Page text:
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Poster Presentations: Wednesday, October 26, 2011 |

The Clinical Characteristics of Patients With Non-CF Bronchiectasis FREE TO VIEW

Young Min Lee, MD
Chest. 2011;140(4_MeetingAbstracts):459A. doi:10.1378/chest.1119877
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Published online

Abstract

PURPOSE: Bronchiectasis is a common disease in the Asia-Pacific and affected patients suffer from chronic sputum production and recurrent exacerbation. There are a variety of different pathogenesis involved in bronchiectasis . Immunomodulatory agent such as low-dose macrolides have also been shown to have some efficacy. Bronchiecatsis is associated with mild to moderate airflow obstruction that tends to worsen over time. The purpose of this study was to define the clinical and spirometric characteristics of Non-CF bronchectasis.

METHODS: A retrospective study of all patients who were diagnosed with bronchiectasis (2005-2009) was conducted at the Busan Paik Hospital, Inje University, in Busan. Data regarding age, sex, sputum and bronchial washing Gram stain and culture, spirometry, chest CT, medications,exacerbation history was obtained.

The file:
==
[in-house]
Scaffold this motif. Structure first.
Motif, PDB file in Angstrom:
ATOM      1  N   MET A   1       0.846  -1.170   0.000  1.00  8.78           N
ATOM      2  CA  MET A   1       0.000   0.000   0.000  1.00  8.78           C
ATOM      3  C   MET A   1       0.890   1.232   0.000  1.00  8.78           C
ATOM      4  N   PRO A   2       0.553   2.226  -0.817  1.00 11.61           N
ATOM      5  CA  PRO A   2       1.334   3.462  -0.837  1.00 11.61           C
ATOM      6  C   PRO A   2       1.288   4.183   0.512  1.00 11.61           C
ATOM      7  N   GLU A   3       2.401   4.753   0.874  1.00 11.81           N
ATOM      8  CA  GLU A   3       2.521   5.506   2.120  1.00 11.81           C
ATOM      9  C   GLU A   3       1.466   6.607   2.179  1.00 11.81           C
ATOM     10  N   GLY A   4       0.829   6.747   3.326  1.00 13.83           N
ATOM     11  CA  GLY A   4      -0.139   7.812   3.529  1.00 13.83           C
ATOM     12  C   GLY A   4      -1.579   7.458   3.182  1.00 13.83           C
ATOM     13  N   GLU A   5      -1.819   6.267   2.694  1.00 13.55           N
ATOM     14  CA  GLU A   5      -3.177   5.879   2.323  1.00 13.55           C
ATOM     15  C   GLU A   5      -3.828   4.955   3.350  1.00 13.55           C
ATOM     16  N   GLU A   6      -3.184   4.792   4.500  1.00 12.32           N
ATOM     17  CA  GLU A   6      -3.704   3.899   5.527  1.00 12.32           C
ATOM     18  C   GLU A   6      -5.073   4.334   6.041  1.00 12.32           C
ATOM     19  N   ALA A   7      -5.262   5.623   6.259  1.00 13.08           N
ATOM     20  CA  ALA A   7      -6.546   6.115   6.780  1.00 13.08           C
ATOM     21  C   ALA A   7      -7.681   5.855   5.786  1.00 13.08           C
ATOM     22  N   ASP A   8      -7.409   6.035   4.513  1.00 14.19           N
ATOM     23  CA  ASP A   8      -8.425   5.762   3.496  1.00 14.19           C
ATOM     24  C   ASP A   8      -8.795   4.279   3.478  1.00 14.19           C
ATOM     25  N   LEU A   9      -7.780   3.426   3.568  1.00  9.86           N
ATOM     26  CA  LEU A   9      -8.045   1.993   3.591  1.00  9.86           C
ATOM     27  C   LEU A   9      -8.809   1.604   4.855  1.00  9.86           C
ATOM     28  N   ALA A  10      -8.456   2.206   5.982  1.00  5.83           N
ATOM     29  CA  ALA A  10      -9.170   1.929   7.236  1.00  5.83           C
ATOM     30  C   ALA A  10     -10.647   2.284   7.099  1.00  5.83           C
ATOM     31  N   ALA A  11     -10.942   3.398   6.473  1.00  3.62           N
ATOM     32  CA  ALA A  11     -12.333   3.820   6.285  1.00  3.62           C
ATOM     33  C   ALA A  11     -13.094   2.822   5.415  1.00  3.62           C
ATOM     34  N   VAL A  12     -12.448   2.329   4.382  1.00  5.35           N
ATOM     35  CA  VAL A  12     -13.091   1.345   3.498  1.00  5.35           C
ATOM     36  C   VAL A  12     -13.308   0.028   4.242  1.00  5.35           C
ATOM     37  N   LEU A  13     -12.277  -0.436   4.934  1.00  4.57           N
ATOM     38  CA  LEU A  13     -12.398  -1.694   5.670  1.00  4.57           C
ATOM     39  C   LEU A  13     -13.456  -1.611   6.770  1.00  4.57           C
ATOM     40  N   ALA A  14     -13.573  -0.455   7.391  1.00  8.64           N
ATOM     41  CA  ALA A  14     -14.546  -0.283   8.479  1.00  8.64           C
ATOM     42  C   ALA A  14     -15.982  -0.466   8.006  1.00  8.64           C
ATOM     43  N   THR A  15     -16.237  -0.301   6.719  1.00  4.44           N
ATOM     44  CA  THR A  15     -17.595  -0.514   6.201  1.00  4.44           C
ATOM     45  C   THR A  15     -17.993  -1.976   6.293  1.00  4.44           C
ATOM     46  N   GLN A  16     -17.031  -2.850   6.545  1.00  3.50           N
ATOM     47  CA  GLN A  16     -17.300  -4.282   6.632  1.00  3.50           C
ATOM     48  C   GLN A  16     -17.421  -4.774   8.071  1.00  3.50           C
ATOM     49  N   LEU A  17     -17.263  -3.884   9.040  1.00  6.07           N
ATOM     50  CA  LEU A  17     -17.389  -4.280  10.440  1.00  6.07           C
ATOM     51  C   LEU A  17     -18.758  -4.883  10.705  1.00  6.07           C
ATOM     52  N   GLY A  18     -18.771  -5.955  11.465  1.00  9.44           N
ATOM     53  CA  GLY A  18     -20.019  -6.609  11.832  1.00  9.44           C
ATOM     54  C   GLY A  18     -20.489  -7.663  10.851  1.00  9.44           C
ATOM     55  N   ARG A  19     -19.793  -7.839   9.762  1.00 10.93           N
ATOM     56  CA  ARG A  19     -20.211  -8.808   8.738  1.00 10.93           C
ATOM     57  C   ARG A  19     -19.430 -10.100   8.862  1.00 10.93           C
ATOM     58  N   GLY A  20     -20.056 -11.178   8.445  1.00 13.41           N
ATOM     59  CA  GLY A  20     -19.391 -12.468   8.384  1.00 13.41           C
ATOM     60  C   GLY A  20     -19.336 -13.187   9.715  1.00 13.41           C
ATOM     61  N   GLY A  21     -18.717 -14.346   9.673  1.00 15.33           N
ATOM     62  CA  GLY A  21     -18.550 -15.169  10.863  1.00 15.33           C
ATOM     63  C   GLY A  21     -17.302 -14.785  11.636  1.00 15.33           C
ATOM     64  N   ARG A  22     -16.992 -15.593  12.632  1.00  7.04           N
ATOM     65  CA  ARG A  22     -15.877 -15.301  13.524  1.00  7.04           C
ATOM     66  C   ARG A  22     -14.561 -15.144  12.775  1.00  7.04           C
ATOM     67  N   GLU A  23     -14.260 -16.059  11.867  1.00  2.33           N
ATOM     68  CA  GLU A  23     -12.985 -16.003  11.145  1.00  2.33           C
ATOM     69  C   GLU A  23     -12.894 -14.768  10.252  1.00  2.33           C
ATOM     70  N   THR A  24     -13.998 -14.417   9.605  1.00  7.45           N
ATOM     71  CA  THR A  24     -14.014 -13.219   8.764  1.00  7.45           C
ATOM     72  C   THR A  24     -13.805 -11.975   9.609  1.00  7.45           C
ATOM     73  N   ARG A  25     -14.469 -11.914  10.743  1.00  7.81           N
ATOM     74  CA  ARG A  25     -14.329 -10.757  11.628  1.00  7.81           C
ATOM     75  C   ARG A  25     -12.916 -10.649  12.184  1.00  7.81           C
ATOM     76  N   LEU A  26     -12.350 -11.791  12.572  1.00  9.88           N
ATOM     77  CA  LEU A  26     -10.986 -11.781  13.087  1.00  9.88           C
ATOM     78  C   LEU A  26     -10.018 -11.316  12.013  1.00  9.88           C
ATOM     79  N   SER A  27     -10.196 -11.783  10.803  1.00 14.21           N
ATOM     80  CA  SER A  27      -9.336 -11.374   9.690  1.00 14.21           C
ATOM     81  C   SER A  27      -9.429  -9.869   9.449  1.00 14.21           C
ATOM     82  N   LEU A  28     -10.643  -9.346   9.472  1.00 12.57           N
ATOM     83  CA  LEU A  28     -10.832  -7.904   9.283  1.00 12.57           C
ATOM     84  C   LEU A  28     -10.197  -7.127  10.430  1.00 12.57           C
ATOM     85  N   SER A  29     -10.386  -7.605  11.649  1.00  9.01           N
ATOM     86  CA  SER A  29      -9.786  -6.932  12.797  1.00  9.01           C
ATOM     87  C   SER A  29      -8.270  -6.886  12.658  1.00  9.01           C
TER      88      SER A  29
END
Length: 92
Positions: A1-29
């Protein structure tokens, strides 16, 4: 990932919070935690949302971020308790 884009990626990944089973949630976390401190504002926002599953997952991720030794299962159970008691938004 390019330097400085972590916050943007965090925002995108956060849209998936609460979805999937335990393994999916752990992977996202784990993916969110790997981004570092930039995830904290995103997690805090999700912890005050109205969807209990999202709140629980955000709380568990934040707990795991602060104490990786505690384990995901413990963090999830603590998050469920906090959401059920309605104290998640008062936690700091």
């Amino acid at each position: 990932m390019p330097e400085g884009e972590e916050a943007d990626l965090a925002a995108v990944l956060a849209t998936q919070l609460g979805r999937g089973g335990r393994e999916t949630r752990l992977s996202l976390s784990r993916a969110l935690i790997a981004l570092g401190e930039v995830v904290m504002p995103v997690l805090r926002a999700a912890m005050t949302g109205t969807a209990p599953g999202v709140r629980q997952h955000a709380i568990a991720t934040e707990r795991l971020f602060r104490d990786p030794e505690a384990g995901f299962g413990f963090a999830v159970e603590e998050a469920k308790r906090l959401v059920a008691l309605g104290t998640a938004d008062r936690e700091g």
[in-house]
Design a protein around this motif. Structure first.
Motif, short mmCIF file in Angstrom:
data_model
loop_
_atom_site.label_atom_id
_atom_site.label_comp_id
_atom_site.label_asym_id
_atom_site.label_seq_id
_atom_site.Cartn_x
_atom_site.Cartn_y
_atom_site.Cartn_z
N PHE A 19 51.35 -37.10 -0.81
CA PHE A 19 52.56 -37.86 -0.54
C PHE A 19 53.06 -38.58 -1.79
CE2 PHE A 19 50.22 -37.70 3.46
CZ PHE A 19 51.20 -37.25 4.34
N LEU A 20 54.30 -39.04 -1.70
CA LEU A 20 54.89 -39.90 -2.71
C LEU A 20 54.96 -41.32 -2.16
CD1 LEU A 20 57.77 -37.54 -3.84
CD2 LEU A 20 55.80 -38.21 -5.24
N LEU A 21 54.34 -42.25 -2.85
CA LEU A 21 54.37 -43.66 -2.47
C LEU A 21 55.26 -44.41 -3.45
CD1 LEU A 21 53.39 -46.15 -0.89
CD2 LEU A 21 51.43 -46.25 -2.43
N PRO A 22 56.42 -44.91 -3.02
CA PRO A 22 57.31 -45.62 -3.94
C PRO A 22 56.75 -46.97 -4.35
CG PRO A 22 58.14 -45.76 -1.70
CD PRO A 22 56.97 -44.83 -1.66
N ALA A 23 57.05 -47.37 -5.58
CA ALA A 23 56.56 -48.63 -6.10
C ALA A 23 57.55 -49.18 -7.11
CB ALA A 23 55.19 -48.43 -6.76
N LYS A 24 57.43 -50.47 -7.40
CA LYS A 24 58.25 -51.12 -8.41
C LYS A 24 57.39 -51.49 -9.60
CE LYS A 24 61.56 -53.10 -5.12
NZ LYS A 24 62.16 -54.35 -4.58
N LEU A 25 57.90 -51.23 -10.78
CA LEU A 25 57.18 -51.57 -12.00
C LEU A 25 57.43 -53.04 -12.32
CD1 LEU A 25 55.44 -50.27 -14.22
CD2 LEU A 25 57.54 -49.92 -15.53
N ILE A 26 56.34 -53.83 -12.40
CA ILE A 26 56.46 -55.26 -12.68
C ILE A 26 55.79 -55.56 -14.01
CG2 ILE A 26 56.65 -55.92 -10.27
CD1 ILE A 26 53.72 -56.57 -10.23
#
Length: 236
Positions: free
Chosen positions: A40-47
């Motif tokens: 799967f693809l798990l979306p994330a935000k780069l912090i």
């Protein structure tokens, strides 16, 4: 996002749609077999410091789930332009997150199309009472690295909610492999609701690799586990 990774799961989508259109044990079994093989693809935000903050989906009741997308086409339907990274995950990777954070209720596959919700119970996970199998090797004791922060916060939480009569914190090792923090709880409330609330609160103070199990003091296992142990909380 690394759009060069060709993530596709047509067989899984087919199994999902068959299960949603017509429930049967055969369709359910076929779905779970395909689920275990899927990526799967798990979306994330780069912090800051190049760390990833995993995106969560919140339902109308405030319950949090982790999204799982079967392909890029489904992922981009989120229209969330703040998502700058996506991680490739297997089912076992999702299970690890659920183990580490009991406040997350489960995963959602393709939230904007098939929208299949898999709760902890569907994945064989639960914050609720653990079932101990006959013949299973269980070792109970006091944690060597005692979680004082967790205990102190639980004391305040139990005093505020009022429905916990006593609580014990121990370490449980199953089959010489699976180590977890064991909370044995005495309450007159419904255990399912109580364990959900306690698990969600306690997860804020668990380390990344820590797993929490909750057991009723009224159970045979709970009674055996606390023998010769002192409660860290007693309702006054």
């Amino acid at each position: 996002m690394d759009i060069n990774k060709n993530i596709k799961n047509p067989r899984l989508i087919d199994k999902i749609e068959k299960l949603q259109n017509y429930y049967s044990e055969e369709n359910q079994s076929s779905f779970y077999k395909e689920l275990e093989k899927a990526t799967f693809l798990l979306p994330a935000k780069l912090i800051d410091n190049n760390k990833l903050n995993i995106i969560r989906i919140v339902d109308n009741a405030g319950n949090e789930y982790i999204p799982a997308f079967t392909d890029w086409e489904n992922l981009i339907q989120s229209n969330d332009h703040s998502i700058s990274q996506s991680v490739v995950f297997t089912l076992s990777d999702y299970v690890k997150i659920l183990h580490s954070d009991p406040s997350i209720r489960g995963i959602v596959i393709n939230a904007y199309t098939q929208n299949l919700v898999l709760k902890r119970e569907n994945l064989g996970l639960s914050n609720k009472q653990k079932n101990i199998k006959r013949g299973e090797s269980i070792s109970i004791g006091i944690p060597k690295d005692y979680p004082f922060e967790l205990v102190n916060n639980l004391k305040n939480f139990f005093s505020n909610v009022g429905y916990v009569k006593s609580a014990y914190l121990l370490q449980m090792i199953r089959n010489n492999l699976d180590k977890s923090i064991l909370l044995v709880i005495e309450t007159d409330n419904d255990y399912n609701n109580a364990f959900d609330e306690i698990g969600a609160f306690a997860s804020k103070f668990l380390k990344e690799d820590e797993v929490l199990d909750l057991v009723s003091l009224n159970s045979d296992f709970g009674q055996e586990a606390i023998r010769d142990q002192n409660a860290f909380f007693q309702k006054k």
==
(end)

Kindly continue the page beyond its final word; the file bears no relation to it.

RESULTS: 138 (55 men and 83 women) bronchiectasis patients (mean age 58.4+/- 4.5 years) were studied. The most common symptoms were chronic sputum 38%, dyspnea 30%, hemoptysis 18%, cough 12%. Spirometry showed FEV1/FVC of 65.2% +/m 13.27 (range 30.32-91.38), FEV1% pred 67.4 +/- 11.47 (range 30.34-119.25). Airflow obstruction was detected in 80/138 (58%). The most frequent potential pathogenic microorganisms were P. aeruginosa 31%. 34/80 (42%) of patients with airflow obstruction were never smoker. 97 (25 men and 72 women) were followed up for more than 1 year. Mean length of low dose erythromycin theatment 6 months and 40 patients had low dose erythromycin treatment. There was a decrease in the exacerbation frequency from 0.75/month pre-erythromycin to 0.34/month (P<0.001) post-erythromycin.

CONCLUSIONS: Bronchiectasis should be considered in patients, females with chronic respiratory symptoms. Airflow obstruction is common in bronchiectasis and low dose erythromycin reduced the exacerbation frequency in bronchiectasis.

CLINICAL IMPLICATIONS: Low-dose erythromycin may be a beneficial effect upon exacerbation frequency in non-CF bronchiectasis.

DISCLOSURE: The following authors have nothing to disclose: Young Min Lee

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